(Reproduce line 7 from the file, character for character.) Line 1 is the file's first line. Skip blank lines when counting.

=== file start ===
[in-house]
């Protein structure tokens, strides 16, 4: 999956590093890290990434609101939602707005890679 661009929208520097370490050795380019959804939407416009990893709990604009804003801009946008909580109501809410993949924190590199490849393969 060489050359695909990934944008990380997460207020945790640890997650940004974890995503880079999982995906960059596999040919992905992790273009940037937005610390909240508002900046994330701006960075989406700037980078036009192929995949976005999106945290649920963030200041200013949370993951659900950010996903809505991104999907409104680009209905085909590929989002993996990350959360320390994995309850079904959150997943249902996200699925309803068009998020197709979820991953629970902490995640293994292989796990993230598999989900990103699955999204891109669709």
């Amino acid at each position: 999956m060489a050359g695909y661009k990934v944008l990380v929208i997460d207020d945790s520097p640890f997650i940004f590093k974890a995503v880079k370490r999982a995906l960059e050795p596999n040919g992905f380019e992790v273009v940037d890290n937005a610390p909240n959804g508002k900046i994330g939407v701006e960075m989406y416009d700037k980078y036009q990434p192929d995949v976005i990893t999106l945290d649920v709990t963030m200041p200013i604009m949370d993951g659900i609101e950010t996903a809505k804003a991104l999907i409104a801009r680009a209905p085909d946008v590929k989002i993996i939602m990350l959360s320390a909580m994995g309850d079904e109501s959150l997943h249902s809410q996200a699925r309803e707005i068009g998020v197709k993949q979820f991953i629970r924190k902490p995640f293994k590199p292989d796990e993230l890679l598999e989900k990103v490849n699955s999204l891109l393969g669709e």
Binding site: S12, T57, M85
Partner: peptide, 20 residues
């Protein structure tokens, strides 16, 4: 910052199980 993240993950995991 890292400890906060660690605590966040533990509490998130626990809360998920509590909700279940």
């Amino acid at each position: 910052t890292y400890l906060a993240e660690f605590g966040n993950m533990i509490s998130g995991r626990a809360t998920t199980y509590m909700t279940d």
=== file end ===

């Amino acid at each position: 910052t890292y400890l906060a993240e660690f605590g966040n993950m533990i509490s998130g995991r626990a809360t998920t199980y509590m909700t279940d």